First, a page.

Lewis Holloway, the superintendent of schools in Statesboro, Ga., imposed a new policy this fall prohibiting private electronic communications after learning that Facebook and text messages had helped fuel a relationship between an eighth grade English teacher and her 14-year-old male pupil. The teacher was arrested this summer on charges of aggravated child molestation and statutory rape, and remains in jail awaiting trial.
“It can start out innocent and get more and more in depth quickly,” said Mr. Holloway, a school administrator for 38 years. “Our students are vulnerable through new means, and we’ve got to find new ways to protect them.”
Social media doesn’t “make it easier” for teachers to form “boundary-crossing relationships with students.” It makes COMMUNICATION easier, period. If teachers have poor judgment about communicating appropriately, that’s a different story.
Likewise, “Facebook and text messages” did NOT “help fuel a relationship between an eighth grade English teacher and her 14-year-old male pupil.” Poor judgment and inappropriate conduct did that!
Let’s be clear about what’s to blame and who is responsible. The communication medium is not the enemy. There were teachers doing inappropriate things long before the Internet. Did we ban letter-writing? And if we had done that, would that have solved the REAL problem — that of obvious teacher misconduct and violations of trust, relationships, safety?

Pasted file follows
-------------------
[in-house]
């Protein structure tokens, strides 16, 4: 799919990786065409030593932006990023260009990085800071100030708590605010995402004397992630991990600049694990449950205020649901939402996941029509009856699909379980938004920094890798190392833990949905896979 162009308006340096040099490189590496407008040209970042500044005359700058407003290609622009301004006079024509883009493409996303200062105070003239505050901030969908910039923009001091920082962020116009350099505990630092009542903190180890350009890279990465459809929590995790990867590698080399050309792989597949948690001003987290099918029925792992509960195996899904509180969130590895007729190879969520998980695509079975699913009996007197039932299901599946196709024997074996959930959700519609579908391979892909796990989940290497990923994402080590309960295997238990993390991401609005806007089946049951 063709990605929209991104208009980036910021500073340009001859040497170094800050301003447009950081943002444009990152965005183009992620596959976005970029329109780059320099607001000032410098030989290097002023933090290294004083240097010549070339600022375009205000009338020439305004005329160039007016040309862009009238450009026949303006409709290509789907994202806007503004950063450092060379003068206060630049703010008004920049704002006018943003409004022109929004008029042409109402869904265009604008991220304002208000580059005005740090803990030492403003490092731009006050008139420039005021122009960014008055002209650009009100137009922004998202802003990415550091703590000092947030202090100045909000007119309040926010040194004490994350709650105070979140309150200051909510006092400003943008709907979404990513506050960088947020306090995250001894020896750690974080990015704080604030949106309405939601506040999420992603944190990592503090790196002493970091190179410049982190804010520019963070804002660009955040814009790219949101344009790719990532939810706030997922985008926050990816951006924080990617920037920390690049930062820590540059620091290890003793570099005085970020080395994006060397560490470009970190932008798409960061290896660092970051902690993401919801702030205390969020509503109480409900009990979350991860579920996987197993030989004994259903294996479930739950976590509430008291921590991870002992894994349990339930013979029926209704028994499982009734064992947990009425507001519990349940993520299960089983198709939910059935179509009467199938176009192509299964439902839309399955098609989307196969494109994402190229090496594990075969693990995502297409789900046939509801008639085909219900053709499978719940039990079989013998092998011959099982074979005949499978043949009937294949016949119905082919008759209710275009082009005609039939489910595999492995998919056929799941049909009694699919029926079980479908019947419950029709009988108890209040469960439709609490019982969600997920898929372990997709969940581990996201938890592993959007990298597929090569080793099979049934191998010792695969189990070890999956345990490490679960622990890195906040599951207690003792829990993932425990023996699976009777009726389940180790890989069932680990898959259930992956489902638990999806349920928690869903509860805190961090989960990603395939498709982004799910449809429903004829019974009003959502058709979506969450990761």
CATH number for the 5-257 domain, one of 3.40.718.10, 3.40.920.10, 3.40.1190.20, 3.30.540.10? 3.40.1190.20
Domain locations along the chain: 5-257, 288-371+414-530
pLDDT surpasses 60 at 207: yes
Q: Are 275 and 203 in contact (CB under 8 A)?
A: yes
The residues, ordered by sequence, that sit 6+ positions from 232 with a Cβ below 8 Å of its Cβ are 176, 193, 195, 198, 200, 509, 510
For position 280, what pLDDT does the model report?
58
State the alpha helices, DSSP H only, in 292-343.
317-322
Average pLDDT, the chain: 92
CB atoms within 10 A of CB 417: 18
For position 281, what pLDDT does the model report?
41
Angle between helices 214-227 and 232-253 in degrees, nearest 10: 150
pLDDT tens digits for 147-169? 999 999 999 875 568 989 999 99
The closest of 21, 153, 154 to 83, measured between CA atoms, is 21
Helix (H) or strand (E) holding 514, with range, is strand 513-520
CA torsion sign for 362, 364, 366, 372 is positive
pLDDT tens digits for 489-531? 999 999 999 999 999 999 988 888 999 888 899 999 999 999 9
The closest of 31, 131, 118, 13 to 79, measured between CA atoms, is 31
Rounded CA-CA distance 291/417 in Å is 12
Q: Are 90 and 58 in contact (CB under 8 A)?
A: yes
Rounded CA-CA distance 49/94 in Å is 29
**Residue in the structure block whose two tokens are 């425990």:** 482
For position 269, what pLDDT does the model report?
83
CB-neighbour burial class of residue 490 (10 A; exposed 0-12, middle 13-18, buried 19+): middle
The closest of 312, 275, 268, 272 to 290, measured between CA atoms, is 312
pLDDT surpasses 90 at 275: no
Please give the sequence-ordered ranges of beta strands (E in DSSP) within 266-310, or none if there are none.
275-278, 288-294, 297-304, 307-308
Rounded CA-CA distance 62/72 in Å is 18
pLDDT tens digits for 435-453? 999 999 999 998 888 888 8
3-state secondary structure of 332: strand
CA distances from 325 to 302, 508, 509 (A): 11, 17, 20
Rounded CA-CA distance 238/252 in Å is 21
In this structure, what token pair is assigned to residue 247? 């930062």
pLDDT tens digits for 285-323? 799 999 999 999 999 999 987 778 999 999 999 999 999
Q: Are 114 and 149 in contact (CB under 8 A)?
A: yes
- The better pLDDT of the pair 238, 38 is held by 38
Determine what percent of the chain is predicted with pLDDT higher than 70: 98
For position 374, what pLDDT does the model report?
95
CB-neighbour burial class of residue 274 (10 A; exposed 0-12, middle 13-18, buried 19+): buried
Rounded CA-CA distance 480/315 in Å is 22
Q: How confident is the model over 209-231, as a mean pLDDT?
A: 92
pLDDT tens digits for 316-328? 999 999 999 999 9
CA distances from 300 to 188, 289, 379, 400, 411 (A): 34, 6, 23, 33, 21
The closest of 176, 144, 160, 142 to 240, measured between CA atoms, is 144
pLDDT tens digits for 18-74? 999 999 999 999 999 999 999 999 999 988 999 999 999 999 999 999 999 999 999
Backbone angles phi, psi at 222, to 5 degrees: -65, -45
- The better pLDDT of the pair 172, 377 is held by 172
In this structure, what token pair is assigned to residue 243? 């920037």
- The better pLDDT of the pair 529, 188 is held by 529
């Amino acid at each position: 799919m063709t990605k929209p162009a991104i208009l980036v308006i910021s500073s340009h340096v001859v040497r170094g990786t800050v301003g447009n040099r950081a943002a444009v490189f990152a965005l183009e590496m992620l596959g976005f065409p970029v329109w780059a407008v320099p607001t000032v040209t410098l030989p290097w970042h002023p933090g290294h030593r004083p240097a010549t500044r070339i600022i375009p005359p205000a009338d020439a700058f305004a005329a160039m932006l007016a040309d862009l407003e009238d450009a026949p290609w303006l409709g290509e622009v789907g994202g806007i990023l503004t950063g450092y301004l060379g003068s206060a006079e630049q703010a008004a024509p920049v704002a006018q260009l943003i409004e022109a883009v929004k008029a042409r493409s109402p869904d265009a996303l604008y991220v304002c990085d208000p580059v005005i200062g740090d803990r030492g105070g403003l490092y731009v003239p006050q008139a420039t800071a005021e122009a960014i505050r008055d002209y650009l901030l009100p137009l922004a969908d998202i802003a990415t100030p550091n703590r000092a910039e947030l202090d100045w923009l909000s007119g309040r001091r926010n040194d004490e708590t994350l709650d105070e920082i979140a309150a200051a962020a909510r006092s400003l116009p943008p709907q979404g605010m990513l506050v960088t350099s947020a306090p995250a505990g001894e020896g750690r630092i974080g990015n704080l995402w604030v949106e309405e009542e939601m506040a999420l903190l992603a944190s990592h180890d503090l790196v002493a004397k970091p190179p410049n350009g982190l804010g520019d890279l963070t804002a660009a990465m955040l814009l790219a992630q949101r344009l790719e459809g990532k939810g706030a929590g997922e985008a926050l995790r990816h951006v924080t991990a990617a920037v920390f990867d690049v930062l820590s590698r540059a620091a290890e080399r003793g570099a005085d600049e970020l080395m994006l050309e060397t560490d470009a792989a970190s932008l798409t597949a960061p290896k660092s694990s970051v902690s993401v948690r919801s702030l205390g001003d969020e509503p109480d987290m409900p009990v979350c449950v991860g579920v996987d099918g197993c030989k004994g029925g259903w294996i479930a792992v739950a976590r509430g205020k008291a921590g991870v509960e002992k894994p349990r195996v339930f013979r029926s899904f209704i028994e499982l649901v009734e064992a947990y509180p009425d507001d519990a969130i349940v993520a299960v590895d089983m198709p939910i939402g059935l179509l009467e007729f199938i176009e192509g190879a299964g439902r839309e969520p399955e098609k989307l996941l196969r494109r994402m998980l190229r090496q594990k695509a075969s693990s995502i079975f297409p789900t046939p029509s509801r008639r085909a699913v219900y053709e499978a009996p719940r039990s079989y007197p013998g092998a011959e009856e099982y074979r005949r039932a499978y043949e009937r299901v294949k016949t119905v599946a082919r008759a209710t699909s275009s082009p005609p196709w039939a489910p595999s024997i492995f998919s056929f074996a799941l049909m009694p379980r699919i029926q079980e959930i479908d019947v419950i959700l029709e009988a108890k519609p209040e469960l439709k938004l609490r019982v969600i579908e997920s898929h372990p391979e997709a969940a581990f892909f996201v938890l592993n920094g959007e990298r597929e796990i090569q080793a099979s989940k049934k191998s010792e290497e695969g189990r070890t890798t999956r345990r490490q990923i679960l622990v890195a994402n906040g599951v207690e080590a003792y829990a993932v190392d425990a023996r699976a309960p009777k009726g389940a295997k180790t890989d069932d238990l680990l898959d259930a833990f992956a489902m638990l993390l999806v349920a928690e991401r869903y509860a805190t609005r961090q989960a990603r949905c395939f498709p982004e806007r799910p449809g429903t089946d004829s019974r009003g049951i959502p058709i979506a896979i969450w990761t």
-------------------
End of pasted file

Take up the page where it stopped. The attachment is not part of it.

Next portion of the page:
Teachers who communicate and behave inappropriately should be treated with appropriate consequences — sometimes yes, those are criminal. What are those “appropriate consequences,” you ask? Well, I’d say it depends on the professional code of conduct which governs the teaching body in the state/province/country where one is a teacher.
And how many states/provinces/countries have those, hm?
(Not too many, last I checked.)
We have them for doctors, lawyers, even engineers. But not teachers. Let’s raise the standards and values of the teaching profession, and see what happens. To everything. But banning electronic communication is the wrong place to start that journey.